Since its beginnings in 2004 in a Harvard dorm room, Facebook has achieved, and consistently surpassed, multiple levels of success. As we approach nearly two decades of Facebook iterations and evolutions, and with an average of 1.56 billion daily active users, the impact the social media giant can have on consumer reach is fairly astounding.
In 2018, Facebook turned marketing on its head by introducing a new algorithm that would greatly minimize the number of times a business or brand was represented on Facebook’s news feed. Hubspot’s social and campaign marketing associate, Henry Franco, has lent his voice to speak out on this change by stating, “Brands should take this opportunity to listen to their audiences.”
Before creating your group, the more detailed you get about your brand, the better. What’s the reason for creating your group? What’s its purpose within the umbrella of your business? Are you looking to speak to/with brand ambassadors? Specific product owners? Devoted members?
Not sure who you’re aiming the conversation towards? Try asking yourself these questions, first, to jumpstart the thought process and get your vision narrowed down.
- Do you have a niche?
- Are you looking for feedback on a specific product?
- Do you need help answering questions about a service or offering? If so, what are those questions?
- What does your brand value the most from its customers? What might these customers need in the future?
Once you’ve discovered your target, you can then begin optimizing your group name with keywords and a more detailed description of your company’s values and objectives for the group.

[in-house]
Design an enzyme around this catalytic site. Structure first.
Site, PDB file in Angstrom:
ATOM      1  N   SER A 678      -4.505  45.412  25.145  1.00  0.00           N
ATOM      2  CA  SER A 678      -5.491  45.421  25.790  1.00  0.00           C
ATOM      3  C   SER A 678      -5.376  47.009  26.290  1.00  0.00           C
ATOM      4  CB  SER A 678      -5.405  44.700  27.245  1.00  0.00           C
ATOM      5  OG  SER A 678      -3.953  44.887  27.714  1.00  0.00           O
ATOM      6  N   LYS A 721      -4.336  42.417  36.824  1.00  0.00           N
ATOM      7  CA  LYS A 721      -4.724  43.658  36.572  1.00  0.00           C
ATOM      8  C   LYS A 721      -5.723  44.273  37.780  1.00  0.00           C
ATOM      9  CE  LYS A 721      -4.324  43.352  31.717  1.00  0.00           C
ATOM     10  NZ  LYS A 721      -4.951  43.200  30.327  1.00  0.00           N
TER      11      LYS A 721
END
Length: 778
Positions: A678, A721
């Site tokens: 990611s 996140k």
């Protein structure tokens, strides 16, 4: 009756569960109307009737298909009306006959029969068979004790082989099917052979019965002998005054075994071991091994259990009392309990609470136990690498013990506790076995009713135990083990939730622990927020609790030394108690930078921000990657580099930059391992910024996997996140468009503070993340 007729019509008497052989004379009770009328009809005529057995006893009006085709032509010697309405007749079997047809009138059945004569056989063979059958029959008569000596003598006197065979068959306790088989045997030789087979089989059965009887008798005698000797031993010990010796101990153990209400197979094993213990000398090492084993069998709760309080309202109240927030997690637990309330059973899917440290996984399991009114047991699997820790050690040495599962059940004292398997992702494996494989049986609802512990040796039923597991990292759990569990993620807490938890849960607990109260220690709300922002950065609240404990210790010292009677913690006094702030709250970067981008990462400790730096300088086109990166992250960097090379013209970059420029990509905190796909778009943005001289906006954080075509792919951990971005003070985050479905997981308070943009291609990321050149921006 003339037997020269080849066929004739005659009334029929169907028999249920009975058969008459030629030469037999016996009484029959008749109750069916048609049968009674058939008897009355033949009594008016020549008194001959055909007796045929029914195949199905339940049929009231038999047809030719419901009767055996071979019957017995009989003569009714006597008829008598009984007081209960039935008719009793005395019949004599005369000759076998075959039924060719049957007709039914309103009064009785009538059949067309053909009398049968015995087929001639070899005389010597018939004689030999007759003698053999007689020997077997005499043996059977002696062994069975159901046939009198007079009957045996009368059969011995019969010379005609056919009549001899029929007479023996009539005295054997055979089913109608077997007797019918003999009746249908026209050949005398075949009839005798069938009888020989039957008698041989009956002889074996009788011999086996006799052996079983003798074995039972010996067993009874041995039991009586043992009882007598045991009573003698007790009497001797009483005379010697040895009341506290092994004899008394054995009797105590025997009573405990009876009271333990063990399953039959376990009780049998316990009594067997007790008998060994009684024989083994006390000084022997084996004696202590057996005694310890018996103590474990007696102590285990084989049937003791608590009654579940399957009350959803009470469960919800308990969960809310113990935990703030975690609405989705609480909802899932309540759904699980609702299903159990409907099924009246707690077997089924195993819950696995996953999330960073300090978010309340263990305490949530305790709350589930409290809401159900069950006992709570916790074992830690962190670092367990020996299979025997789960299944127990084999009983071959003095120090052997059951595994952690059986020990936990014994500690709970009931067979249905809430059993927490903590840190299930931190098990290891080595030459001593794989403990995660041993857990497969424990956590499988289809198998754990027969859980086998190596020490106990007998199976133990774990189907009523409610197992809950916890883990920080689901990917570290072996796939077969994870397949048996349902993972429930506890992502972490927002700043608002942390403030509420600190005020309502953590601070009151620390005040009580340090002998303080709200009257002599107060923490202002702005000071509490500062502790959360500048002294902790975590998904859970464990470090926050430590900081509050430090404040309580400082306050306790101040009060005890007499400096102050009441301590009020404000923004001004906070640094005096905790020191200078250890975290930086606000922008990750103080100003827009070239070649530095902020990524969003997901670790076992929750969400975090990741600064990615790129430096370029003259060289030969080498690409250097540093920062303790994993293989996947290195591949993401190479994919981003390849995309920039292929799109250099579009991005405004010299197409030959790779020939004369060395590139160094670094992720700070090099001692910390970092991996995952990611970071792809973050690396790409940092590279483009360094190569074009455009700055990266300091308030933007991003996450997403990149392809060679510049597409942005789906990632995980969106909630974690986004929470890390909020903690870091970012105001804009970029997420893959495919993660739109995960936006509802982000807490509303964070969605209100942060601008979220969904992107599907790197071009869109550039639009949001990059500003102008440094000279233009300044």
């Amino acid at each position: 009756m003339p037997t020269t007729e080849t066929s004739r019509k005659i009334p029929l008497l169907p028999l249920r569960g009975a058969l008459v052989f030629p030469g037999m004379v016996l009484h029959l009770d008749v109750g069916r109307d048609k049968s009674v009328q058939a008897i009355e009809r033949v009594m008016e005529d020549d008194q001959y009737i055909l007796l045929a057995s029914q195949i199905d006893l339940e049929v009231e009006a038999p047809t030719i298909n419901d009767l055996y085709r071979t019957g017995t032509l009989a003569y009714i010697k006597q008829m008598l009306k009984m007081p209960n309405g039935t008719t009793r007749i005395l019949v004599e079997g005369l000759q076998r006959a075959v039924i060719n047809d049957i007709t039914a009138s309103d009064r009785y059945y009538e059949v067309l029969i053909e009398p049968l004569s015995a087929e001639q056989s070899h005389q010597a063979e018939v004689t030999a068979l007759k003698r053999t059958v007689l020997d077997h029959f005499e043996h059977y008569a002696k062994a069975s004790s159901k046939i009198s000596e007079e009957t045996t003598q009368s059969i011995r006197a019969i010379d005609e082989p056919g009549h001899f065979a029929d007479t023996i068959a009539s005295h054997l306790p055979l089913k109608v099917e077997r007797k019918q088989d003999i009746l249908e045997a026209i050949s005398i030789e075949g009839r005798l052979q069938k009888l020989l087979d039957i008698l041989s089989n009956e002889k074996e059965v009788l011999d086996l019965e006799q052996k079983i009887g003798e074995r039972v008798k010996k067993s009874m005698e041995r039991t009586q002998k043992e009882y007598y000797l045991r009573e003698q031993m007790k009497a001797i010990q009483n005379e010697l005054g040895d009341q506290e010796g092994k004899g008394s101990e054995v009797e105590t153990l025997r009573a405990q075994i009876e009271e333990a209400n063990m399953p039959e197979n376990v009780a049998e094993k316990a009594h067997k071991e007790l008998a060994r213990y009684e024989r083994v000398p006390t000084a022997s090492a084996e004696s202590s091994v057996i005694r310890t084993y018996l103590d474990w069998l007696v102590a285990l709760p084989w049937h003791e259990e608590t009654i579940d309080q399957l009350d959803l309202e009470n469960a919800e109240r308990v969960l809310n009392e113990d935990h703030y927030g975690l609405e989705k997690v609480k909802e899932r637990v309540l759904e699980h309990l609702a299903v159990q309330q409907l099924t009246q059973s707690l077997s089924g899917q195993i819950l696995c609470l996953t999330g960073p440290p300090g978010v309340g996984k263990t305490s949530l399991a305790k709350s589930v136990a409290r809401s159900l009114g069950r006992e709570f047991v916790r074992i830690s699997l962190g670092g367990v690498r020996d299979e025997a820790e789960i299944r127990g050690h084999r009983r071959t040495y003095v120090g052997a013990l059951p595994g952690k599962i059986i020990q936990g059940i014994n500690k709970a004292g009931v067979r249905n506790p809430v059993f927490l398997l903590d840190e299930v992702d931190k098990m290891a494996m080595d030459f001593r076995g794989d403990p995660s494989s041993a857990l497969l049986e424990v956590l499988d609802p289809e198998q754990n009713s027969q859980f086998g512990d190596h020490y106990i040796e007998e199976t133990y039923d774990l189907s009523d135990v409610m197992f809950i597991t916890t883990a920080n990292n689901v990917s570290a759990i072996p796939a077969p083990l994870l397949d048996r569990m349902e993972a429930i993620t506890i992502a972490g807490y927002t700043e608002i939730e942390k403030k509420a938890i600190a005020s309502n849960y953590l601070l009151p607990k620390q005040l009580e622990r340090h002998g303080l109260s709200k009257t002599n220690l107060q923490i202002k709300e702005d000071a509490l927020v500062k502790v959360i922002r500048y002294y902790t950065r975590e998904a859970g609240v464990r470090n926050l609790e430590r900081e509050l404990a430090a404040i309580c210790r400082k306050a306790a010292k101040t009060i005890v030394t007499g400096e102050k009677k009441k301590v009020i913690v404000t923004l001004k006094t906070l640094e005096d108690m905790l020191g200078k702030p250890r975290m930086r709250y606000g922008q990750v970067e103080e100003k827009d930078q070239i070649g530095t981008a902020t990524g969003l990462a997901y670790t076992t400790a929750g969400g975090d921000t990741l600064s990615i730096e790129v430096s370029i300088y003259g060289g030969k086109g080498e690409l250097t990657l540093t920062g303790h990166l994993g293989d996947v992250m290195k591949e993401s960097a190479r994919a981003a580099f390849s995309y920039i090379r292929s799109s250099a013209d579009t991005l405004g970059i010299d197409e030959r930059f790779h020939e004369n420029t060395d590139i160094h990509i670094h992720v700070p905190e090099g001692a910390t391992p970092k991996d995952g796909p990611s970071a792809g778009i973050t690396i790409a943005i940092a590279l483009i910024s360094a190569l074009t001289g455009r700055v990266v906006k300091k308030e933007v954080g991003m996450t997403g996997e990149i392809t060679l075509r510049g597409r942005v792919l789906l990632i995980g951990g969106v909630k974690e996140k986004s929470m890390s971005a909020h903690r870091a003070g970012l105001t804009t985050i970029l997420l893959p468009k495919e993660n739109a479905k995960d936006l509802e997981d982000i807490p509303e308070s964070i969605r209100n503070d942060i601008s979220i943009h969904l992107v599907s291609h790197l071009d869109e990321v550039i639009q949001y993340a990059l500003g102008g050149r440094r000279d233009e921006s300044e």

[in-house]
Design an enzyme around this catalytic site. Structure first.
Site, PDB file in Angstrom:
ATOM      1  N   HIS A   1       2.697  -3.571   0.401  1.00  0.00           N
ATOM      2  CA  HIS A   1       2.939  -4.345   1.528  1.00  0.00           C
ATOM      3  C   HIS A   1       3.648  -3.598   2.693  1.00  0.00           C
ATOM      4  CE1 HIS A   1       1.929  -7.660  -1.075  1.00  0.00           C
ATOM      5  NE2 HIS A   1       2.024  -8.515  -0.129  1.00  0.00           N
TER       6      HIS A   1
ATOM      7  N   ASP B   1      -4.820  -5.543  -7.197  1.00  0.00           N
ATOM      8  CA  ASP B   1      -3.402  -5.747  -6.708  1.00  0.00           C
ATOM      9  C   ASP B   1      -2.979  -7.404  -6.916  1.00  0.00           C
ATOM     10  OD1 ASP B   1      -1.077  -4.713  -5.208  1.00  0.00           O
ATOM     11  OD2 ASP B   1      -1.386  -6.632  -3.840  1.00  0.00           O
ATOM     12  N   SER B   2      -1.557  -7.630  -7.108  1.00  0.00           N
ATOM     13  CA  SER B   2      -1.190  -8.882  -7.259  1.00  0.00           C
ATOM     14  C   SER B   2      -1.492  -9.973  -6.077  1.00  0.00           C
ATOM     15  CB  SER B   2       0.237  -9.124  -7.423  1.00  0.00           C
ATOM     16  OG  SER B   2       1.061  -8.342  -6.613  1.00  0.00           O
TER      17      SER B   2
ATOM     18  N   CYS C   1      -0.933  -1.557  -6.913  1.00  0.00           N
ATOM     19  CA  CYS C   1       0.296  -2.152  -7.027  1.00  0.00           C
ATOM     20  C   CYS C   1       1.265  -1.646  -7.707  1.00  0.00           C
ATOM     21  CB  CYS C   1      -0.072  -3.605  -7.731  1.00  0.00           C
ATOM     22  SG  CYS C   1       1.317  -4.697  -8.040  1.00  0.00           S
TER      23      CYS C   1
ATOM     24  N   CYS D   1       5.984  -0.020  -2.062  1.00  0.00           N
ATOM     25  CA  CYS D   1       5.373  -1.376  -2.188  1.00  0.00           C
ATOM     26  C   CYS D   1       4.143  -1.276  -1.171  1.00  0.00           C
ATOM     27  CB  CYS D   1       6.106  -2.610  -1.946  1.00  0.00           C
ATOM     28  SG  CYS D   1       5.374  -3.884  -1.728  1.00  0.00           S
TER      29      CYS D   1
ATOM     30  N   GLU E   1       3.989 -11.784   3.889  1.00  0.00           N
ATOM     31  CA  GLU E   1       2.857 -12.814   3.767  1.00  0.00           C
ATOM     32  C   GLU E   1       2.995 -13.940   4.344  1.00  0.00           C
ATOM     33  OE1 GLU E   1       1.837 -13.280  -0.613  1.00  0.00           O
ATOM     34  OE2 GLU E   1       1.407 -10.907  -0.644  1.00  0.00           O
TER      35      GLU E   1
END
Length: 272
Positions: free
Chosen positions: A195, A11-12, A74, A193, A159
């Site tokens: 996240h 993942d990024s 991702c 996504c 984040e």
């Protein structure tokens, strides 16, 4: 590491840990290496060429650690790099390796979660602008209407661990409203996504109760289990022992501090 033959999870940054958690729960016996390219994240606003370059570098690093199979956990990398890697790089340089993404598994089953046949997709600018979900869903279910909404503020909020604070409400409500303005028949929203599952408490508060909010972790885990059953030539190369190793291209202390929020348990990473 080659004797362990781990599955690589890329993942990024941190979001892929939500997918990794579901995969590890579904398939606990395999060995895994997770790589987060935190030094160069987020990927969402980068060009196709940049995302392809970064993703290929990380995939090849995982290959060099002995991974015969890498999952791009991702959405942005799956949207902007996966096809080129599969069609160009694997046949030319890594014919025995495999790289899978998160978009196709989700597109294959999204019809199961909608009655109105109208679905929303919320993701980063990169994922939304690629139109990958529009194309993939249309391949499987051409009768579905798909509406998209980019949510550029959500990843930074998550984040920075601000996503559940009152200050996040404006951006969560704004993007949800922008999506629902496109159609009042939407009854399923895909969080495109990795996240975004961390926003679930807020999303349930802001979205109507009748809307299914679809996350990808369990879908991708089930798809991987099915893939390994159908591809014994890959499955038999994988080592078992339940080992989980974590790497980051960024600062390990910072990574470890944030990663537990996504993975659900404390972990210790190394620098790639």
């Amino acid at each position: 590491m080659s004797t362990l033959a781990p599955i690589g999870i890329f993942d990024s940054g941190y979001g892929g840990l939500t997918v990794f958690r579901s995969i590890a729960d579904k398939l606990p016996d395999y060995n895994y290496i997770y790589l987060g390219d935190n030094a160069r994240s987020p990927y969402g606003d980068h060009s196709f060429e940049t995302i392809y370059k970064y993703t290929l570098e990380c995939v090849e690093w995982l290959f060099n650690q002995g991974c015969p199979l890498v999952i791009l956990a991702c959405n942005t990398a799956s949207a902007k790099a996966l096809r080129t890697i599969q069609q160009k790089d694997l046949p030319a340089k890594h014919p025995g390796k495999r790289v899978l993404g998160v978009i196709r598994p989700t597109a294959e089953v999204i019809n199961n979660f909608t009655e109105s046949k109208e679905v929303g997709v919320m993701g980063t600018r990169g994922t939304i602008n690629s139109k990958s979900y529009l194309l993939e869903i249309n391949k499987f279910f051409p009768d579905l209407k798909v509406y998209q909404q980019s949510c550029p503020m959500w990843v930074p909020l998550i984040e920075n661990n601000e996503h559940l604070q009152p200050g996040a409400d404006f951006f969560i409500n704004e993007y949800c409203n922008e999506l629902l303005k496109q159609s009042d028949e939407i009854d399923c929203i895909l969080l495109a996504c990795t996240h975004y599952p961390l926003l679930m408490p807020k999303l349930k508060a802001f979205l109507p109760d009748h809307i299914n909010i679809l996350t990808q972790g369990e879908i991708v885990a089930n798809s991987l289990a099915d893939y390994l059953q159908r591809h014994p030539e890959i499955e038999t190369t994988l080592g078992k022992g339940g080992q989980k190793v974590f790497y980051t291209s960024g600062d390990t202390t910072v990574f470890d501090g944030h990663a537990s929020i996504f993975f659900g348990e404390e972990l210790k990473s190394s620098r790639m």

Close the Door
Make your group exclusive and safe by closing the door (whether or not you want to lock it by making it private is completely up to you.) At first sight, this might seem a little counter-intuitive but hear me out. Although the thought of keeping your doors open seems like the path to more eyes on your brand, and thus more revenue, that’s not necessarily the case. If your group remains open, the number of spam bots that can infiltrate your group culture remains high. With a closed group, you can easily moderate the members coming in to ensure your niche group, as discovered above, stays that way.
Stand Your Ground
Differences in opinions are a natural and healthy part of communication. The greater majority of us, however, know the effects of an all too courageous individual, trolling behind a screen, with no consequences to reconcile. With a well-thought-out set of rules and guidelines clearly pinned or posted on your group page, you set the tone of your culture from the start. A few rules to help jumpstart your group can be:
- No bullying or hate speech
- No promotions or spam
- Respect the privacy of all group members
Remember. Group rules don’t have to be a laundry list of “do not do’s.” They can be just as effective when providing a foundation of what can be done within the group, as well.
We already know how effective simple methods of personalization are in providing value to our customers, and the same rules apply to a Facebook group. By introducing and welcoming new members by name, you’re promoting positive interactions amongst group members, through an incredibly simple prompt. A couple of other ways to stay active within your Facebook group are:
- Communicate well and communicate often. Try cross-posting content that is relevant to your specific group, but make sure not to get spammy. Once you’ve crossed that invisible line it’s hard to earn your way back into the group’s good graces. One way to avoid being “that guy” is to only post when it’s relevant and not try to adhere to a schedule...just because.
- Ask for feedback. You can gain invaluable information on how to improve upon your brand by asking directly for feedback on a specific product or offer. Not only does this almost always guarantee an uptick in group value, but it also snowballs your sense of community and brand culture by emphasizing the importance you place on the opinions within your group.
While the “Crunchy Leaf” groups seem to be few and far between nowadays, the resounding effect of a finely-tuned Facebook group remains powerful. With over 60 million businesses still finding their way to Facebook as a source of low-barrier marketing, it’s becoming increasingly important to both recognize AND optimize other functions within the Facebook toolbelt such as groups.